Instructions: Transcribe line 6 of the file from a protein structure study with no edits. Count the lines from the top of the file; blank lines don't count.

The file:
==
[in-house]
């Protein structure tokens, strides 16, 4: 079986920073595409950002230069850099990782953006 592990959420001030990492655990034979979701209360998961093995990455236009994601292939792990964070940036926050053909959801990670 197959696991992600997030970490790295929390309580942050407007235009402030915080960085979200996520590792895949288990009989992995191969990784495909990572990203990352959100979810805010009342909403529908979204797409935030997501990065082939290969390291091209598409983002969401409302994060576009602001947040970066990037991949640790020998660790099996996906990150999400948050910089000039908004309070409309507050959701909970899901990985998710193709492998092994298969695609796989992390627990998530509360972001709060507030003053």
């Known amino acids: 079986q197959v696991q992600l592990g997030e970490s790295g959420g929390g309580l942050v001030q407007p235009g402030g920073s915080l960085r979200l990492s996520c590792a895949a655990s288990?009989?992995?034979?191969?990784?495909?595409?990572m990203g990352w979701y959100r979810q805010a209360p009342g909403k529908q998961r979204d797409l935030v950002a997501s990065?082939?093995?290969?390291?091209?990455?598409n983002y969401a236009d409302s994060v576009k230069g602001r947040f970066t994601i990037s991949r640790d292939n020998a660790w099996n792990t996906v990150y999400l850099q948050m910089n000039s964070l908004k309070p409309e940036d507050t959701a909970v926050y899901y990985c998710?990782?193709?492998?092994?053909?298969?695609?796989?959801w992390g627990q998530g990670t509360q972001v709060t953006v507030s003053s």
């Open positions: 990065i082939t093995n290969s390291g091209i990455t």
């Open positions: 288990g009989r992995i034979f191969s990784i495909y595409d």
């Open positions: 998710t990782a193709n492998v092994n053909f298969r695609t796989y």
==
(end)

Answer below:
């Open positions: 998710t990782a193709n492998v092994n053909f298969r695609t796989y």